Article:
Thursday, 17 July 2014

Tell Me, Shall We Eat?

Introduction


This post is about verb conjugation -the imperative of regular verbs ending in -er.





SCENARIO



Imagine you are with some relatives, friends or colleagues. You are about to eat and someone asks you: "tell me, shall we eat?".

In Spanish, the other person could choose to be less formal and say:
Dime, ¿comemos?

On the other hand, he/ she could choose to be more formal and say:

Dígame, ¿comemos? 


OUR TIP

Consider using the imperative to give direct instructions, orders or commands.

  • Make sure that you conjugate your verbs correctly
    • Be careful with negative imperatives.
  • Choose between formal or familiar options to suit the occasion -see examples below.

Typical answers could be:
  • Sí, come*, por favor (yes, please eat -familiar);
  • No, no comas*, por favor (no, please don't eat -familiar);
  • Sí, coma*, por favor (yes, please eat -formal);
  • No, no coma*, por favor (no, please don't eat -formal);
  • Sí, comed*, por favor (yes, please eat -familiar/ you plural);
  • No, no comáis*, por favor (no, please don't eat -familiar/ you plural);
  • Sí, coman*, por favor (yes, please eat -formal/ you plural);
  • No, no coman*, por favor (no, please don't eat -formal/ you plural);

Now you should practise replying to someone who says to you:
Dime, ¿comemos?

**Please see grammar topic below, Verbs

Verbs
A verb is a 'doing' word which conveys:
  • What action takes place in a sentence
  • Who does that action
  • When that action occurs.
In addition, the verb may also convey the mood or feelings of the speaker toward the action which takes place. The verb may, for example, indicate whether the speaker is stating a fact, expressing a wish or indeed giving an order.

Verb Conjugation
Please see notes on conjugation* at the end of this post.

Imperative

    1. Regular Verbs Ending in -ar

TRABAJAR
(TO WORK)

AFFIRMATIVE
NEGATIVE
You
TRABAJA
NO TRABAJES
You
Usted*
TRABAJE
NO TRABAJE
You
Vosotros**
TRABAJAD
NO TRABAJÉIS
You
Ustedes***
TRABAJEN
NO TRABAJEN

*NB More courteous/ polite form of 'you'
**NB 'You' plural
*** NB More courteous/ polite form of 'you' plural

    2. Regular Verbs Ending in -er

COMER
(TO EAT)

AFFIRMATIVE
NEGATIVE
You
COME
NO COMAS
You
Usted*
COMA
NO COMA
You
Vosotros**
COMED
NO COMÁIS
You
Ustedes***
COMAN
NO COMAN

*NB More courteous/ polite form of 'you'
**NB 'You' plural
*** NB More courteous/ polite form of 'you' plural

    3. Regular Verbs Ending in -ir
Subject
VIVIR
(TO LIVE)


AFFIRMATIVE
NEGATIVE
You
VIVE
NO VIVAS
You
Usted*
VIVA
NO VIVA
You
Vosotros**
VIVID
NO VIVÁIS
You
Ustedes***
VIVAN
NO VIVAN

*NB More courteous/ polite form of 'you'
**NB 'You' plural
*** NB More courteous/ polite form of 'you' plural

* Verb Conjugation Notes
It is worth remembering once more that in its basic form (infinitive), a Spanish verb is just a general 'doing' word. In that form, a verb simply indicates an action and nothing else. If we want a verb to be more specific about the action in a sentence, we need to conjugate it. It is only when conjugated that the verb indicates:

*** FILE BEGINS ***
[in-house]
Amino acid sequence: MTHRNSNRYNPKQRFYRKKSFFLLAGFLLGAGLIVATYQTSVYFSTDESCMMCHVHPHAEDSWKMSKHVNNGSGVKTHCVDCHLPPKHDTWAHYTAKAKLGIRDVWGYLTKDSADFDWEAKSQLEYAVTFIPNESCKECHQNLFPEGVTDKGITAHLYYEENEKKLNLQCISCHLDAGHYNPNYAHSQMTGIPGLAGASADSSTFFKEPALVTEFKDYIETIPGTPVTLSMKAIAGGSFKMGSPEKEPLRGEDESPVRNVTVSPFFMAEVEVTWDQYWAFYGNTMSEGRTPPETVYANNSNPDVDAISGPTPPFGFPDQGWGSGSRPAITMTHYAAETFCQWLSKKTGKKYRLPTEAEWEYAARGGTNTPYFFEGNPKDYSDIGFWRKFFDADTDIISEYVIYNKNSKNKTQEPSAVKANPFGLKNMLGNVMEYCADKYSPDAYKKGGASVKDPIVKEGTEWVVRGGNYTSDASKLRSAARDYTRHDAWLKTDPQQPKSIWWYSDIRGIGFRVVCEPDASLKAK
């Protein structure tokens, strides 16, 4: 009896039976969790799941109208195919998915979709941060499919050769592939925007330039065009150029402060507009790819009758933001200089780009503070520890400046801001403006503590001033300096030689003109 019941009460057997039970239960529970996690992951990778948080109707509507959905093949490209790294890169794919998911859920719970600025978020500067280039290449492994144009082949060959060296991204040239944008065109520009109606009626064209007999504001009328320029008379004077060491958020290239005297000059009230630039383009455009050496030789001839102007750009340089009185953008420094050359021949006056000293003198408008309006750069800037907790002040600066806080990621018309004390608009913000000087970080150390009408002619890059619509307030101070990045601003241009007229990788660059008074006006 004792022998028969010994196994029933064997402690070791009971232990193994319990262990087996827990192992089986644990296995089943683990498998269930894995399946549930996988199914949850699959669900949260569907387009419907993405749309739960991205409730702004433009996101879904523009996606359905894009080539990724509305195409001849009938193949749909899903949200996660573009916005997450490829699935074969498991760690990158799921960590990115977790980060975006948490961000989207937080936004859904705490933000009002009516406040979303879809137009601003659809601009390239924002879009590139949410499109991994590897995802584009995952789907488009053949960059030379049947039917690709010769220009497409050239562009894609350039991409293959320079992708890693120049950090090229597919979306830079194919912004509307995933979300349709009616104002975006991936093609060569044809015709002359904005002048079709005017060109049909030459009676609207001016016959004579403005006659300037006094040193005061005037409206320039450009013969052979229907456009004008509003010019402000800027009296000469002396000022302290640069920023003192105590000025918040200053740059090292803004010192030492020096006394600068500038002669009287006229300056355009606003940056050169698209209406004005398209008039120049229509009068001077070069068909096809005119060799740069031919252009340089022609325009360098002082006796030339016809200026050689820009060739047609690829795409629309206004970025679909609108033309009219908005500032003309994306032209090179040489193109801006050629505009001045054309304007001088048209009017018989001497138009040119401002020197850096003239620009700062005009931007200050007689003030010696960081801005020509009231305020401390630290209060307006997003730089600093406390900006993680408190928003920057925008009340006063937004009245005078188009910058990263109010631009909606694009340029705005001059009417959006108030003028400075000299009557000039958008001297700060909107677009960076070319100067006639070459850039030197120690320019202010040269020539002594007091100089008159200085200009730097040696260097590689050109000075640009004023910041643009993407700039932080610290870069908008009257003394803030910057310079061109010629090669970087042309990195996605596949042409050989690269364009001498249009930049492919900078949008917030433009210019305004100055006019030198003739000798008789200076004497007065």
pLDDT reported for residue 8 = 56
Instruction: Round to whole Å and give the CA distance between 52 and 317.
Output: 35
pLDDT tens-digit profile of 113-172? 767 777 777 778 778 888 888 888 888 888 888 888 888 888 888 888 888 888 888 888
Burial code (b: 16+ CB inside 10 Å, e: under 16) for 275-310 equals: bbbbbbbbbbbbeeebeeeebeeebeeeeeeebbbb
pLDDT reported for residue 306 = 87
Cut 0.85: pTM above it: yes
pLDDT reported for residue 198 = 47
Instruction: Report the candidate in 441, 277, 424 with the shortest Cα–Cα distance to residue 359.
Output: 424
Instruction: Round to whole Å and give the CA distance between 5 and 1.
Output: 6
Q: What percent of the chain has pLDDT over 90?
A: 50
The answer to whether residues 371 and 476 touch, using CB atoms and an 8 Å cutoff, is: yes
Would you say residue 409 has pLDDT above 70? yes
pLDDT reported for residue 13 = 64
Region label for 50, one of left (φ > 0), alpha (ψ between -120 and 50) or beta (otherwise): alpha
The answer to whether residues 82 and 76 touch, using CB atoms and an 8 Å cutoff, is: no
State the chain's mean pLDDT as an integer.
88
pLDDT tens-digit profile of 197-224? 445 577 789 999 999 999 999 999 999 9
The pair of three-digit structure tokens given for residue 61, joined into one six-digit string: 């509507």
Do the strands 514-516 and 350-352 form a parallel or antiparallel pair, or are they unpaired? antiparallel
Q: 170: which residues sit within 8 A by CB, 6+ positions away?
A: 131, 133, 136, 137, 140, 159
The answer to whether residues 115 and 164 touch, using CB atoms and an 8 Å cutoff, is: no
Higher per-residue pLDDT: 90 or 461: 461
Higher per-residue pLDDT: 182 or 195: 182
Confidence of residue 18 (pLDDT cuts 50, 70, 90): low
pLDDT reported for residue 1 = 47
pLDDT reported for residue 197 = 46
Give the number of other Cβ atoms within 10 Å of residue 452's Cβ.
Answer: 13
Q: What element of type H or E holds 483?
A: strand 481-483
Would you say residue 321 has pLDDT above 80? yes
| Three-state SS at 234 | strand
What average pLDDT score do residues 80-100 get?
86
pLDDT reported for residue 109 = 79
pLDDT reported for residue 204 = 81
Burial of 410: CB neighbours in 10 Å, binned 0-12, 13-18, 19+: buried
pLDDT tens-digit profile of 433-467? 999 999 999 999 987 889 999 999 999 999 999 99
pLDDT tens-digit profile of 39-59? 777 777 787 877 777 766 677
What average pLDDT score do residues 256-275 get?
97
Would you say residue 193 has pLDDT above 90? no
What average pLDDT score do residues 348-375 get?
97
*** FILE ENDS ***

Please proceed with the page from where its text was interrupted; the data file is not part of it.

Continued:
• Who does the action
  • When the action takes place
  • The mood/ attitude of the speaker towards the action

The conjugation tables above refer to using conjugation to establish who does the action. What follows below are some notes on establishing when the action takes place and the mood/ attitude of the speaker towards the action.

Subjunctive Mood
The use of subjunctive mood is disappearing English. Nowadays is often viewed as an old and unfashionable form of the language.

In contrast, the use of subjunctive mood is very much alive and in everyday use in Spanish. This widespread use of subjunctive mood tends to be the bane of many a learner of Spanish from the English speaking world.

The concept of subjunctive mood is perhaps best illustrated by contrasting its use against the use of indicative mood with examples in English. The following are a couple of examples which should serve that purpose:
  • Indicative mood (“Peter eats an apple”).- Indicative mood is commonly used to make statements of facts or positive beliefs such as this one. As can be seen in the sample sentence (in quotes above), the speaker makes a clear and unambiguous statement of a fact (Peter eats an apple).
  • Subjunctive mood (“Peter would eat an apple if he were hungry”).- In contrast with indicative mood, subjunctive mood is commonly used to make statements indicating hypothetical or non-fact actions. As can be seen in the sample sentence (in quotes), in this case the speaker sees the action of eating an apple as something hypothetical, something which may or may not happen (Peter would eat an apple... if he were hungry).
Verb Tenses
Verb tenses relate to setting the time period (when) during which the action of the verb takes place. Basic times (periods) for Spanish verb actions are:
  • The past (before now)
  • The present (now)
  • The future (after now)
Each Spanish verb tense corresponds to one of those basic time periods. In other words choosing a verb tense places the action of the verb in one of those basic periods and determines when the action takes place.

Now you should practise the use of the imperative of regular verbs with some examples of your own.

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